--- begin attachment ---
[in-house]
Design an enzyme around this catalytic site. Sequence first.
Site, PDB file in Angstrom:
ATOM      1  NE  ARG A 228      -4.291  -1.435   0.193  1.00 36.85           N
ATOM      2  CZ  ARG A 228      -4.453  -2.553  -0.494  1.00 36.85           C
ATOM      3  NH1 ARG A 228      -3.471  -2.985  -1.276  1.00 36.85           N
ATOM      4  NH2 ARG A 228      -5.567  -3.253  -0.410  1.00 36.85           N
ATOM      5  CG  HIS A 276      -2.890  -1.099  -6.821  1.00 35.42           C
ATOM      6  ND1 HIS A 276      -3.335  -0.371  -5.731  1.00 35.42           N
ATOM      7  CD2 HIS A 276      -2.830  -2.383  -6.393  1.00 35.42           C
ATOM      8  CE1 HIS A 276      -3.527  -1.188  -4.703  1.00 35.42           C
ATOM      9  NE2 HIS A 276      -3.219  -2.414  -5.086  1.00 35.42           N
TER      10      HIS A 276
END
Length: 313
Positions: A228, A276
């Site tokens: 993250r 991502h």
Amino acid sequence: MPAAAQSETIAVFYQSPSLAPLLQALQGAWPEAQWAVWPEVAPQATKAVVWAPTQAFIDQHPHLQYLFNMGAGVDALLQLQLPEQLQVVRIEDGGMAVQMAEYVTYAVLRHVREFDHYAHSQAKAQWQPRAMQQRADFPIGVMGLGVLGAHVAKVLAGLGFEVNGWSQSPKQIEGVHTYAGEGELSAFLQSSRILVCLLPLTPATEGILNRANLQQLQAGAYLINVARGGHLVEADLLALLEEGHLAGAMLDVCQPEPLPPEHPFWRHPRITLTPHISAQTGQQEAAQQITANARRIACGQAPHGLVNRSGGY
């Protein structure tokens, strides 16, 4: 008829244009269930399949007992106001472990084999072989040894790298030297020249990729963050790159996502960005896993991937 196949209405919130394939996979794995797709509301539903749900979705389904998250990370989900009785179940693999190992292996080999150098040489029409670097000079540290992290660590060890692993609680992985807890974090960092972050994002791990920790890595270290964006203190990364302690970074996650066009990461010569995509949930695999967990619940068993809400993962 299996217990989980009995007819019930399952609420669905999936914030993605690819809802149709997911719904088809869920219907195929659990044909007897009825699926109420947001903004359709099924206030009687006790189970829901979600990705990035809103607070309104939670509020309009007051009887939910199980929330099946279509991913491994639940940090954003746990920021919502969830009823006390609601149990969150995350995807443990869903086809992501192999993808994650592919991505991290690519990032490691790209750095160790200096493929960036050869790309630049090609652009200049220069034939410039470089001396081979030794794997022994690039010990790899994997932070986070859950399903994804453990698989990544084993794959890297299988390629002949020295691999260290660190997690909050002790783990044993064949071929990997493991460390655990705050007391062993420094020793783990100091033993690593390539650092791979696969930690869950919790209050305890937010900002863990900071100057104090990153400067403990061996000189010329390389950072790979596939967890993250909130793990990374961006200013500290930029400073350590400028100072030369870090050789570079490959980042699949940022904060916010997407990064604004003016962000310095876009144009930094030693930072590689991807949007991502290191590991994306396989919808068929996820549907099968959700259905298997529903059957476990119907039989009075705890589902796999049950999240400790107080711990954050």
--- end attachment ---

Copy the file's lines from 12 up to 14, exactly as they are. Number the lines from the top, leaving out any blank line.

ATOM      9  NE2 HIS A 276      -3.219  -2.414  -5.086  1.00 35.42           N
TER      10      HIS A 276
END